Chill in the refrigerator for at least one hour to firm it up before serving. In Florida, smoked fish dip is usually served with saltine crackers, sliced jalapeño peppers and a bottle of hot sauce on the side.
Smoked Mahi-Mahi Dip with Jalapeño and Pineapple
Smoked Mahi Mahi Dip with Jalapeño and Pineapple
To complement the mild flavor of smoked mahi-mahi, we gave this spread a tropical touch of smoked pineapple, a kick from jalapeno peppers, and balanced it out with herbal notes of fresh thyme.
Since fresh juicy pineapple chunks would release too much liquid into our fish dip, we threw a few slices of fresh pineapple into our smoker along with the fish. This not only releases some moisture, but also caramelizes the sugars and concentrates the fruit. It’s so good you may want to make some extra for snacking. ( If you are not smoking your own fish, it works perfectly well to grill the pineapple slices or even roast them in the oven.)
6 ounces cream cheese, softened
1/3 cup sour cream
4 green onions, minced
4 teaspoons fresh thyme leaves
Lemon zest, from one lemon
Salt and freshly ground black pepper, to taste
1/4 cup smoked pineapple, chopped into 1/4 inch pieces
2 jalapeño peppers, chopped, without seeds
Hot sauce to taste (optional)
1 pound smoked mahi-mahi
This recipe was inspired by a dish we had many years ago in Ajijic, Mexico. The name of the restaurant has been forgotten, but the taste of seared sea scallops with a smoky charred tomatillo salsa verde has stuck with us. We have recreated it many times. While the ingredients are all Mexican, we have been able to make it just about anywhere thanks to widespread the availability of tomatillos and chili peppers.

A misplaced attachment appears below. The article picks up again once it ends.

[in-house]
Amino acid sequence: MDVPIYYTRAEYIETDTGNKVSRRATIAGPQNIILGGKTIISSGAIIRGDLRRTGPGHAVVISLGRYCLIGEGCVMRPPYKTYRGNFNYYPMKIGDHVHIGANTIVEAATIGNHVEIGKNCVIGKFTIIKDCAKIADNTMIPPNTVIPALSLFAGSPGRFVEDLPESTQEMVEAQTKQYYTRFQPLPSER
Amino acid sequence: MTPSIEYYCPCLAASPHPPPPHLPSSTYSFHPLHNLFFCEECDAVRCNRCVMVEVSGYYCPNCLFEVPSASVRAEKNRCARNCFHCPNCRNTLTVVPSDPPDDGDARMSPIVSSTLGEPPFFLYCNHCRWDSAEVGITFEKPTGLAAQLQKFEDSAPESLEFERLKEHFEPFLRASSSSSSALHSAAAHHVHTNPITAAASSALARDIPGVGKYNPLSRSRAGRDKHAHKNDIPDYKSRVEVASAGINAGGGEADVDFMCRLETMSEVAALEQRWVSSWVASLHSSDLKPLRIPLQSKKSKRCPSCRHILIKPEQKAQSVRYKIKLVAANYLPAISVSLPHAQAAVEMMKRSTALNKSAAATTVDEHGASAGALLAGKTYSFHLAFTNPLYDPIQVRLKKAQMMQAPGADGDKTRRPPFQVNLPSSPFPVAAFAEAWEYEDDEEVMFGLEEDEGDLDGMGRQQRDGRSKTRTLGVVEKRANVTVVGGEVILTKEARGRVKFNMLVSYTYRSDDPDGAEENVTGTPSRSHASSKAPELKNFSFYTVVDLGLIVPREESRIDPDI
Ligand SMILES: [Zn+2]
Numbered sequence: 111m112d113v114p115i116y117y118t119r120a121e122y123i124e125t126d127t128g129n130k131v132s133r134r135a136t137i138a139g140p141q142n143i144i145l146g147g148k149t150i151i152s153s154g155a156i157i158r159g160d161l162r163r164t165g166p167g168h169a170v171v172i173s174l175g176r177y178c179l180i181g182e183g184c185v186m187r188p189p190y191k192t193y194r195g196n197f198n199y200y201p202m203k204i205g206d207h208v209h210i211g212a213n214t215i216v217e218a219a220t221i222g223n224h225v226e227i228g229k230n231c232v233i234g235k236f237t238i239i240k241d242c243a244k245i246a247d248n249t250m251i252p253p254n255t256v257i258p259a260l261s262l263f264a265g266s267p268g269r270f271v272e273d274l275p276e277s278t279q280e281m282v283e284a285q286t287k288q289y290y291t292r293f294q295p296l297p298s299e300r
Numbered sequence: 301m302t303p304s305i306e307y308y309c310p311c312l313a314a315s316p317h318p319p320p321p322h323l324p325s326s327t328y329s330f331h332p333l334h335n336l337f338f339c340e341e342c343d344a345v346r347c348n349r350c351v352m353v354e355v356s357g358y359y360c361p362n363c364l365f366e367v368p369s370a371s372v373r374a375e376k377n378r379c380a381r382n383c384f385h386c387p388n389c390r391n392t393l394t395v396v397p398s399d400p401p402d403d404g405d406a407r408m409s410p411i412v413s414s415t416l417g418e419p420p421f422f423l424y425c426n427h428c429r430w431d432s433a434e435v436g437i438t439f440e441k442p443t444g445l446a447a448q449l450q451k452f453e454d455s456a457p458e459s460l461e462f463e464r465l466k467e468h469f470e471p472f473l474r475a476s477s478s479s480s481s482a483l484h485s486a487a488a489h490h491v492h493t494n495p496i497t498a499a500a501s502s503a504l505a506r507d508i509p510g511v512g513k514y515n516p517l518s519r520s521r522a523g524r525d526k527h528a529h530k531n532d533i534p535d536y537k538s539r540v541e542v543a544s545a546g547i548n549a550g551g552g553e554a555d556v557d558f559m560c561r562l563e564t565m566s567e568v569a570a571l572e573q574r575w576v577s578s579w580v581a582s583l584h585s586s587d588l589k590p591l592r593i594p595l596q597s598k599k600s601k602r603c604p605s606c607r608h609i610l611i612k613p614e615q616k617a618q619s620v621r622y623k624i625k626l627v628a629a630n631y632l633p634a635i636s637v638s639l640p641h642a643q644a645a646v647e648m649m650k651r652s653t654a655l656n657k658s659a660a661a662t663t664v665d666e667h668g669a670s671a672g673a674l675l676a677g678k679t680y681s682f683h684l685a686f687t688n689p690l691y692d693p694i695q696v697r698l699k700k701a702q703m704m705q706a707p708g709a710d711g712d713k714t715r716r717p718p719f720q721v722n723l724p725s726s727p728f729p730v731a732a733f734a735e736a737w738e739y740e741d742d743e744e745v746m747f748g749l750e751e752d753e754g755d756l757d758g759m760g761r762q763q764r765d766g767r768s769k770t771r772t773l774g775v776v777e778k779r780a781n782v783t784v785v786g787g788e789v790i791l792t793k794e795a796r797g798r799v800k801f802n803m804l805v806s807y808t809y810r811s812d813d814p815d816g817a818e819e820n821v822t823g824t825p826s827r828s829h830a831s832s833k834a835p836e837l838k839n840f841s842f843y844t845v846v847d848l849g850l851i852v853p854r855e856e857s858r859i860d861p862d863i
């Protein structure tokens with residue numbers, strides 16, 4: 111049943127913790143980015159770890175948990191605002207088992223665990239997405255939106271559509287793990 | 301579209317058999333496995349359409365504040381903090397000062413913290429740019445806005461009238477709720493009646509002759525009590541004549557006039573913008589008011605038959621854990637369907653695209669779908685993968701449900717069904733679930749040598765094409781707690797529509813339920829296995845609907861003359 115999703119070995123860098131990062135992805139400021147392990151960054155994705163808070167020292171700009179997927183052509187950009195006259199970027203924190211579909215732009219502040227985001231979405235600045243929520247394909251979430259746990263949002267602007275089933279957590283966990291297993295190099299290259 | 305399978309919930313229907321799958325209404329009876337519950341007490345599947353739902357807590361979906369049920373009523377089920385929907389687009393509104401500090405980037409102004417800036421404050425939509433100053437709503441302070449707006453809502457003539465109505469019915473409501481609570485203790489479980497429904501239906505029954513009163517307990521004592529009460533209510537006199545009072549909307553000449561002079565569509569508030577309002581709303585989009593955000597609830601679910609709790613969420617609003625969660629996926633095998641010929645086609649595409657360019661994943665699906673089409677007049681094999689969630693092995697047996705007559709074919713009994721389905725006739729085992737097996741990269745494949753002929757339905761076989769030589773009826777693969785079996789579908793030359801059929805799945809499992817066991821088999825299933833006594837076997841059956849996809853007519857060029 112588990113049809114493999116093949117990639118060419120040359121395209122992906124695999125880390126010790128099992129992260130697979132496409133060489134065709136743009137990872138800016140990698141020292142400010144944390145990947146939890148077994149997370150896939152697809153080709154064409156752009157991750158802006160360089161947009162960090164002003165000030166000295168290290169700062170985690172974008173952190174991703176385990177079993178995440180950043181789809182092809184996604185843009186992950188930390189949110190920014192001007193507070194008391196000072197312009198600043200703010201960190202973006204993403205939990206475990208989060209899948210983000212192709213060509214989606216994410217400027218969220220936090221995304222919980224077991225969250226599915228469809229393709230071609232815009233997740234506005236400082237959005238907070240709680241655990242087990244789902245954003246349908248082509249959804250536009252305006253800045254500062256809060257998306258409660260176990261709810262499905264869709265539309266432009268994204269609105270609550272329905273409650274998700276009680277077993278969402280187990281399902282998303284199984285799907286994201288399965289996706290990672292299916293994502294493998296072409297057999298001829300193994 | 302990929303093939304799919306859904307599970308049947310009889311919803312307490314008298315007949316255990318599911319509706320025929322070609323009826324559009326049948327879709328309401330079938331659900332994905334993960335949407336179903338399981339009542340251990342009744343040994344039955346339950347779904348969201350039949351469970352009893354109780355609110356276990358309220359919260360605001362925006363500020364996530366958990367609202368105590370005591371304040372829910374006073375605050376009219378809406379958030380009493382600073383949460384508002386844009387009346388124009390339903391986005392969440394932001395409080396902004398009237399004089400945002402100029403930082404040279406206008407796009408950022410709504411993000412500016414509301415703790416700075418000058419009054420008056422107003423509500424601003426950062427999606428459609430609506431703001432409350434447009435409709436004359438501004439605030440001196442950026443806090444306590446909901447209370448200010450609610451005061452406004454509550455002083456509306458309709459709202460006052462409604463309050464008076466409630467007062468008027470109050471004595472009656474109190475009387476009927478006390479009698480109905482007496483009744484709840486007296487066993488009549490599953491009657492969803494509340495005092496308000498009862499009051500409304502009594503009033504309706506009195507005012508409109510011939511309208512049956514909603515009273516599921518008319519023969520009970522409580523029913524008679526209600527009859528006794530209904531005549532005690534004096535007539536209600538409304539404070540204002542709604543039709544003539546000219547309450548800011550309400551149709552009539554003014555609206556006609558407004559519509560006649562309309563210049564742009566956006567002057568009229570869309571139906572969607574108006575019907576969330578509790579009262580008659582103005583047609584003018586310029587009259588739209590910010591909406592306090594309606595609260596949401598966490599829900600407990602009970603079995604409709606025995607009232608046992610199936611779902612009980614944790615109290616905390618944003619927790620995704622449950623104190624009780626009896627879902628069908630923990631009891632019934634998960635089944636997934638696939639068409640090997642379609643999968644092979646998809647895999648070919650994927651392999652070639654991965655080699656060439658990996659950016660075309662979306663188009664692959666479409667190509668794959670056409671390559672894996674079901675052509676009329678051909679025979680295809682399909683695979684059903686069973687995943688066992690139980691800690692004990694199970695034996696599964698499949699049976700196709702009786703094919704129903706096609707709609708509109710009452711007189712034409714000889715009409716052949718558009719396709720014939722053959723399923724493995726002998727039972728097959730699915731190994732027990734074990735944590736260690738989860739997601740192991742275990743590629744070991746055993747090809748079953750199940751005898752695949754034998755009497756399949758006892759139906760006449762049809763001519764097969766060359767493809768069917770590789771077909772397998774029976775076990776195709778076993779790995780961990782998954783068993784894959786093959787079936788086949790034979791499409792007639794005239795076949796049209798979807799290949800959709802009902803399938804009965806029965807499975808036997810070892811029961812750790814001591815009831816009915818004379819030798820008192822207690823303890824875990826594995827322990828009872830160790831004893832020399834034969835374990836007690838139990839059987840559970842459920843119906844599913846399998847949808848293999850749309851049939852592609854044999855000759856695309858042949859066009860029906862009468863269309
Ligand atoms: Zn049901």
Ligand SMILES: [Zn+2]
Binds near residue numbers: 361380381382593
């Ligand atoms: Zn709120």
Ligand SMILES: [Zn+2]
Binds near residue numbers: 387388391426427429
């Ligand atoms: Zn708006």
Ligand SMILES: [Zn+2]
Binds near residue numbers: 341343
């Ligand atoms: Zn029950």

Salsa verde is really just a generic name for “green sauce” and many cultures have their own versions. Mexican salsa verde is based on tomatillos and usually also includes chili peppers, onions, and cilantro. Salsa verde is easy to make and versatile to use in many recipes, or to just eat on its own with a bowl of tortilla chips.
Not familiar with tomatillos? One of the most common species of husk tomatoes, they look like small green tomatoes covered with a papery husk. In Mexican markets they can simply be called tomate verde. Tomatillos are related to tomatoes, but they are not the same. They are more tart, less juicy, with small edible seeds. Tomatillos are native to Mexico and also found all over the Americas.
Tomatillos, aka Mexican Husk Tomatoes
There are many variations of salsa verde recipes using tomatillos that are either raw, boiled, sauteed, or roasted. To pair with the sweet nutty flavor of seared sea scallops, we prefer roasting or grilling the tomatillos and peppers, which concentrates and caramelizes the sugars and softens the acidity. Charring on the grill also adds a nice smokiness.